Welcome to the inaugural edition of the Home blog—a multifaceted compendium of the latest and greatest tips, personalities, and products in the home design and retail arenas that goes far beyond what is covered in the pages of the magazine. In reading it, you’ll not only get a ton of fabulous solutions and info, but you’ll also get to know the Home editors a lot better. That’s because they’ll be the ones bringing you all this added insight—in their own unique voices. These folks are entertaining, totally in the know, and they love sharing their finds and ideas—in fact, they’re all but obsessed with the subject of home. I mean, why else would they walk around with pictures of their childhood homes in their wallets? (Well, okay, not all of ’em do, but they’re all willing to write about the same stuff they cover for the magazine, which is lots more work—and why on earth would they do that if they weren’t fixated?) I don’t carry a house photo on me, but I do have a shot of the place I moved into back in 1965 hanging on my bulletin board. I can trace my personal preoccupation with the topic of home to that period.
My mother designed this house, very irreverent in its time, and hearing her discuss the details and traipsing around with her to stone yards and the construction site got me hooked on design for good. Not to mention the place itself—its shape was the clean-lined square and triangle I used to draw on my Red Chief tablet in second grade, but I can assure you the materials were unlike any that my southern teachers had ever seen. White brick (with dark gray wood trim) reflected the searing Texan sun on the outside, while white-and-gray terrazzo floors broadcast a coolness throughout the interior. Edging one side of the soaring living room was a wall of white quartz stone with pale green veining. (I recall challenging my twin sister to find the specks of fool’s gold in these shimmering boulders.) A floating dark-stained wood wall divided the entry from the living room. This divider featured bookshelves and cabinetry on the living room side. On the entry side, a large-scale modern painting hung above a white-brick planter (with cacti) that spanned the width of the divider, at its base.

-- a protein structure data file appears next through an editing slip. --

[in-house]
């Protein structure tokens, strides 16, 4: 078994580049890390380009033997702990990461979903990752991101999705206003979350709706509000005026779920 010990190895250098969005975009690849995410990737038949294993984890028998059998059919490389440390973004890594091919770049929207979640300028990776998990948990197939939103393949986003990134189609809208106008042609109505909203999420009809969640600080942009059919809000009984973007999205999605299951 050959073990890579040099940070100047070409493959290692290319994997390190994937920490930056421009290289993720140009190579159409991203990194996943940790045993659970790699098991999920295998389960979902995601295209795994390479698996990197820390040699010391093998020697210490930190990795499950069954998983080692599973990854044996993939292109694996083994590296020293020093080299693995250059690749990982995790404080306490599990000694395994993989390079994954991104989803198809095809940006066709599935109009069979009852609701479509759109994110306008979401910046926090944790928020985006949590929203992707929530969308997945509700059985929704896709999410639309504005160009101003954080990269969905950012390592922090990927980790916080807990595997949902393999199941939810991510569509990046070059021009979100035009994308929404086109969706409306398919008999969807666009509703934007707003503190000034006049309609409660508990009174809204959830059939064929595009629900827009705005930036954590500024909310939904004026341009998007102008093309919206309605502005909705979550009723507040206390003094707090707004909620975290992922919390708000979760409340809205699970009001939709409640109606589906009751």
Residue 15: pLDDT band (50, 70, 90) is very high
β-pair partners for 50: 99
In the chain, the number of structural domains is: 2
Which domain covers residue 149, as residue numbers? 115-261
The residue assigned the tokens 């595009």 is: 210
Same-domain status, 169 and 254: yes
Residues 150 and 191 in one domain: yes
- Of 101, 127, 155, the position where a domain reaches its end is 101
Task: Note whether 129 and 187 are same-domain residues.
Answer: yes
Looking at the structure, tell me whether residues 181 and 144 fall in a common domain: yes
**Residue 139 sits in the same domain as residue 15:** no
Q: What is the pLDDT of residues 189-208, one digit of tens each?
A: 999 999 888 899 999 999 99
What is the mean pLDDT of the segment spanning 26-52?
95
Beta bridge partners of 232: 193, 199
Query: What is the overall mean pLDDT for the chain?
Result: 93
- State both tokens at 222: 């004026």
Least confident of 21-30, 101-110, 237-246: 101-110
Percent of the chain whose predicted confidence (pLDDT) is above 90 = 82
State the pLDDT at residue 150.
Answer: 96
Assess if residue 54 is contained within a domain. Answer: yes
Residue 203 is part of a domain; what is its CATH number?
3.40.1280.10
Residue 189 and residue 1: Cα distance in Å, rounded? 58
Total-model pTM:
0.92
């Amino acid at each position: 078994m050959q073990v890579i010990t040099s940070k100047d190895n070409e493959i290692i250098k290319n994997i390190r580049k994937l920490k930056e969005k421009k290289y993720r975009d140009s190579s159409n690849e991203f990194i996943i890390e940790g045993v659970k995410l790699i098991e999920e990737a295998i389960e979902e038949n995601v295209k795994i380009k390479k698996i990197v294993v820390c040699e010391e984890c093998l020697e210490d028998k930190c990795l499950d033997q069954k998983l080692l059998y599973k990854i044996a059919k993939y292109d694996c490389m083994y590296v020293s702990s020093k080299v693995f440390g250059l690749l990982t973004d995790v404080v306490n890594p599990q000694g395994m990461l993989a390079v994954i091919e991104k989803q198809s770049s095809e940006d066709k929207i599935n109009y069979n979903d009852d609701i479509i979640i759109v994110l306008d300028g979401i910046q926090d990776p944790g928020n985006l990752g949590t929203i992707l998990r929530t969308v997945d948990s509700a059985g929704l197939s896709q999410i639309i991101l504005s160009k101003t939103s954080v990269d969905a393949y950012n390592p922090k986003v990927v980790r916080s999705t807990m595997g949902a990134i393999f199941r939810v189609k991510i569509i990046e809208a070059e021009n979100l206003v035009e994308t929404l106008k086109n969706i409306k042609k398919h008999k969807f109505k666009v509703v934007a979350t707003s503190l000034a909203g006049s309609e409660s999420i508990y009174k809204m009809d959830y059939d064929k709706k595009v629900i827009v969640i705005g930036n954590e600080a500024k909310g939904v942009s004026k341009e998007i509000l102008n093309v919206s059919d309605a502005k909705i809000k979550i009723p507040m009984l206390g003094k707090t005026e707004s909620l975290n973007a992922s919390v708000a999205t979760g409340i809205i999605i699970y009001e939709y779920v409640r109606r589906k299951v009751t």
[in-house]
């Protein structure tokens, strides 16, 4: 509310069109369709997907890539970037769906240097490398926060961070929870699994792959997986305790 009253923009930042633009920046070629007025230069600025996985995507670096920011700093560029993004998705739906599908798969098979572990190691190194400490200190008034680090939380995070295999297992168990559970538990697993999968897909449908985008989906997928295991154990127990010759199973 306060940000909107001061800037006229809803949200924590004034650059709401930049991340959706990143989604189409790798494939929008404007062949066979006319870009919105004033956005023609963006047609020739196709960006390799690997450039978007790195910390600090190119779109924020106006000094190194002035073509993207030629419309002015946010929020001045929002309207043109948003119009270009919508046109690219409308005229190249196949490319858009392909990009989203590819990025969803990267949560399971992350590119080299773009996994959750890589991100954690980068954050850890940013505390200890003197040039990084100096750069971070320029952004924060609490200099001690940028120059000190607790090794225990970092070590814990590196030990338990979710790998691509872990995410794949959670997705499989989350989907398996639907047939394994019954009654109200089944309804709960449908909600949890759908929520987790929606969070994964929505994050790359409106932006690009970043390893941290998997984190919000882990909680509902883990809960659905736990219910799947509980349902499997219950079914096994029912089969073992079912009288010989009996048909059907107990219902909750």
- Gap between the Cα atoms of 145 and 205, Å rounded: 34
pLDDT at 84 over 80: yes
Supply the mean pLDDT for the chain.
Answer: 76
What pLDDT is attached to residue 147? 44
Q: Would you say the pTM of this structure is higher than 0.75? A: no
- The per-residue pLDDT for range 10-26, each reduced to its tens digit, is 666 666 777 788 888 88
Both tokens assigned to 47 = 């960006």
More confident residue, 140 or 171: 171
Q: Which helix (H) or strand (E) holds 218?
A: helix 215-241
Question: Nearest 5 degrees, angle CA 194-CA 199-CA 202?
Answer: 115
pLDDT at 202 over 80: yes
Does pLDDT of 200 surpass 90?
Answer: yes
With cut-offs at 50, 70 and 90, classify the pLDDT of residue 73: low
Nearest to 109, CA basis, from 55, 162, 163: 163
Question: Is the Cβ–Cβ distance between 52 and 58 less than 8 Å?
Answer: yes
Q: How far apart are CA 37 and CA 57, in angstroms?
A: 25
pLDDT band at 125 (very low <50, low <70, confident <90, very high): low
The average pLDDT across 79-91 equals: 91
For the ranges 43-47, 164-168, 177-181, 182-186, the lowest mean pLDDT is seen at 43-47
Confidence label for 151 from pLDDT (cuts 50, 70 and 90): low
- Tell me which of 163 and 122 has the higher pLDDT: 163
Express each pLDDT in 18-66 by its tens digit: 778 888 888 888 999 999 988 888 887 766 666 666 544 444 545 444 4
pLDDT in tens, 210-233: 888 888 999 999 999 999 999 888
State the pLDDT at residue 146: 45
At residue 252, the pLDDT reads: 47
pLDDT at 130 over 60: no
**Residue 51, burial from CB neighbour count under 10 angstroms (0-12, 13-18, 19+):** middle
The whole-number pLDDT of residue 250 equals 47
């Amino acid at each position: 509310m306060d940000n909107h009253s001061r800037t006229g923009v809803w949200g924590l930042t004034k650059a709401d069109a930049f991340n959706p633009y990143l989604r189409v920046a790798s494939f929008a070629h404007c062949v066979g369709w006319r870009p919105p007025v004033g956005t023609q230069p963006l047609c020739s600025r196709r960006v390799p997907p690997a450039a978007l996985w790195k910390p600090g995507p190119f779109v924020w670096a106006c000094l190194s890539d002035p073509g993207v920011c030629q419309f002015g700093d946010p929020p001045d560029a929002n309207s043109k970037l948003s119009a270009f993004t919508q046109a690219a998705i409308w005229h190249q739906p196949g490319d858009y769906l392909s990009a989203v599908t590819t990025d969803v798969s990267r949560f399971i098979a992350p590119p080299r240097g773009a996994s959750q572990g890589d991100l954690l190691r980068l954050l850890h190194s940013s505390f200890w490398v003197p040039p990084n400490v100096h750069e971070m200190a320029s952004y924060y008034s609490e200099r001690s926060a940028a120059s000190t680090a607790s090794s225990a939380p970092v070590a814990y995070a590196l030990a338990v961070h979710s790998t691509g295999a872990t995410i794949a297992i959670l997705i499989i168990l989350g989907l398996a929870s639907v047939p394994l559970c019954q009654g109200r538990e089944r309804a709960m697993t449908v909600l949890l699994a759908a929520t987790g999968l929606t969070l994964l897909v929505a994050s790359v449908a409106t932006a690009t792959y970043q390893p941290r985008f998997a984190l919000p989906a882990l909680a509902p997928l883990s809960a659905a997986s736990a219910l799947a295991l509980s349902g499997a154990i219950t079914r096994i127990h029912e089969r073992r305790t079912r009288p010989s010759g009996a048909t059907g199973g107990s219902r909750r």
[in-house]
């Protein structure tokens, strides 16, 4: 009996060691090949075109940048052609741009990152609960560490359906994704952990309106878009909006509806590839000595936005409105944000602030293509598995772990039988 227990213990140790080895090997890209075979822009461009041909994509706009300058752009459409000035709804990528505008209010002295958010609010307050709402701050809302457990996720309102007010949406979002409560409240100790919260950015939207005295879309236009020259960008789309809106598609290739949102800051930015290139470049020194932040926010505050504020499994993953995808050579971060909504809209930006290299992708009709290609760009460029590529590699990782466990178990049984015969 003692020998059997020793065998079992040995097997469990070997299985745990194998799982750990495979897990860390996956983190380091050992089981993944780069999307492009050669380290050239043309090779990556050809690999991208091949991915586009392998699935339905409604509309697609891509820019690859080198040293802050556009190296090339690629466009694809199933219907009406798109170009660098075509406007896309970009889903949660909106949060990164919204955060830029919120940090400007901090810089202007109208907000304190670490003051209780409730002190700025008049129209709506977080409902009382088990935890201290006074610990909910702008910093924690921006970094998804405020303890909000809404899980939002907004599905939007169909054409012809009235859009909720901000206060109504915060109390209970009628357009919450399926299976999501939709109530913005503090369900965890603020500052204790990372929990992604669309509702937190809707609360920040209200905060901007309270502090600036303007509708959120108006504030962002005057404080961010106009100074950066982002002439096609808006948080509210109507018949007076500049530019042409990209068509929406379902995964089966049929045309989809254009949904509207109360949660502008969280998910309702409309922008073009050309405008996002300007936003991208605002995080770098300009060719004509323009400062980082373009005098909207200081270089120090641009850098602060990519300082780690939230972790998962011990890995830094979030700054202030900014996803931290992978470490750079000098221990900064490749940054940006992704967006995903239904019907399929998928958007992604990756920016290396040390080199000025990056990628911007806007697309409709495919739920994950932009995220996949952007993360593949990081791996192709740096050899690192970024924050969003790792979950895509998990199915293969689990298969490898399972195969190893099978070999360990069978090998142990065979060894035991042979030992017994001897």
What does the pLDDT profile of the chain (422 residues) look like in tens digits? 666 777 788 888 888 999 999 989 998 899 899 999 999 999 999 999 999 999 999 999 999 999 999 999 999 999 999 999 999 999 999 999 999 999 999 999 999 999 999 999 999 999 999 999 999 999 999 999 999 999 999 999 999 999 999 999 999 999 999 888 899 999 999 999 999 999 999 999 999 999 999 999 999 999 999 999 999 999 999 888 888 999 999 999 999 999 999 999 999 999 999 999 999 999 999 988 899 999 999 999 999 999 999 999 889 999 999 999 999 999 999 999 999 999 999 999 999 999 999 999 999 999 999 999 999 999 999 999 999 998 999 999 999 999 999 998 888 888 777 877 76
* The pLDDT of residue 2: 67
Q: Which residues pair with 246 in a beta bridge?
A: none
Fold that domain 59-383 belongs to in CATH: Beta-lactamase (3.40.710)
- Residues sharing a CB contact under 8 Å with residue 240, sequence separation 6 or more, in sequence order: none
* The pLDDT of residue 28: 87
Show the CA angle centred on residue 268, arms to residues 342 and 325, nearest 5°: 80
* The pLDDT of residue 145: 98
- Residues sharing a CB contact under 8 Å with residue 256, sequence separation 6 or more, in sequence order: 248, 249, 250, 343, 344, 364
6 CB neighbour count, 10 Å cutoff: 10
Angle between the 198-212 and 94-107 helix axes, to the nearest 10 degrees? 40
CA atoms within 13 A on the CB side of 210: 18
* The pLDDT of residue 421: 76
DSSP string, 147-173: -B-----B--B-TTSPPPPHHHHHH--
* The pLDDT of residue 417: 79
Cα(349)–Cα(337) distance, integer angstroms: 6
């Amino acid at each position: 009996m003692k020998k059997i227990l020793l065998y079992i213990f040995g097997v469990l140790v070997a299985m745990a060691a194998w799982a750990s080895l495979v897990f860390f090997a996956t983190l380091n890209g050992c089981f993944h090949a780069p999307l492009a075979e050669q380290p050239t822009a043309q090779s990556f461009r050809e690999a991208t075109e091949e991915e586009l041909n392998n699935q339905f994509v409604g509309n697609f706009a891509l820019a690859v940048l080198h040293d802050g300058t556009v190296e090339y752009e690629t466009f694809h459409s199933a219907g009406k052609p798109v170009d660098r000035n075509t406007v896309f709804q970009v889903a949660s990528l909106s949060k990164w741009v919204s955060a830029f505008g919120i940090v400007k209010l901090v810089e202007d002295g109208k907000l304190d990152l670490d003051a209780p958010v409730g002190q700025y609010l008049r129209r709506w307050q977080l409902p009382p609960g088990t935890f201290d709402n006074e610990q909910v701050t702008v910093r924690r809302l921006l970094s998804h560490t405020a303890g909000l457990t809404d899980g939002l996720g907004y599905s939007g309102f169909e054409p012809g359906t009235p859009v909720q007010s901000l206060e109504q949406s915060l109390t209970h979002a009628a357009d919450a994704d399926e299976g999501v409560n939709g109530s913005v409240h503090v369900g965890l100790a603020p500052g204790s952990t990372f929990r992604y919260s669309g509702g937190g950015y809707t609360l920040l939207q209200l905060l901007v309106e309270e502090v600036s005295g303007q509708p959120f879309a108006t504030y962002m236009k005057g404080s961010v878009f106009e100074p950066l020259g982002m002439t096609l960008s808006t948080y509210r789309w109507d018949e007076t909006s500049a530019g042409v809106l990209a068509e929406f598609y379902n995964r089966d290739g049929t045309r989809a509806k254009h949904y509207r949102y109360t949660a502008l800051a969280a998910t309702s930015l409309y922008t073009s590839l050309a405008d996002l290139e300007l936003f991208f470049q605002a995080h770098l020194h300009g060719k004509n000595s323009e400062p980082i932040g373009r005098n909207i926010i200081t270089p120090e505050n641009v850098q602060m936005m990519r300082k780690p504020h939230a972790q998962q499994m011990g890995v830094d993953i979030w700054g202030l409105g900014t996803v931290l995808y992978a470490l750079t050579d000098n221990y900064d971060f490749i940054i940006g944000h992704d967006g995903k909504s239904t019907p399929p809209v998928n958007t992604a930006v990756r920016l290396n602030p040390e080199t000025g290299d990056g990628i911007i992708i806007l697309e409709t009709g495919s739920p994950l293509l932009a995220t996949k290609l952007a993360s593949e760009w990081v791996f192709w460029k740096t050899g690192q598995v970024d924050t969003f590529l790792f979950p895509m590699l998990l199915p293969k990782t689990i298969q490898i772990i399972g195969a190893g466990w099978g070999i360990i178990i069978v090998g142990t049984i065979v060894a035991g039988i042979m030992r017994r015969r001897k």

This house was as remarkable for what it didn’t possess as for what it did—it had no dining room or den, for example. Kumbaya, Herb Alpert, Nana Mouskouri, and hors d’oeuvres were served up around the white marble coffee table in the living room; homework, breakfast, and dinner took place at the white Saarinen Tulip table in the kitchen; and Batman and Bewitched were viewed on the portable TV that rested atop a tall rolling cart in the piano room. My sisters and I would sit cross-legged on the thick Persian carpet, which was the only decorative item in this space other than the etching of musicians that hung above the piano. We had two choices of what to look at here—the TV screen or the yucca plantings outside the window. I bet you can guess what we chose. However, I think those spiky leaves hiding behind the concrete screen at the entrance to the house shaped my agenda for what I wanted to see in the future far more than any of the television shows I watched.
Looking back, it’s clear to me that my interest in home is rooted in those odd plants and the fascinating juxtaposition of the surrounding pebbles, bricks, and stones. The Home editors have equally evocative memories of their childhood dwellings. Click on the gallery to see their pictures and read their comments. This is just the beginning of many compelling contributions from the Home Team. —
Hometown: Houston, Texas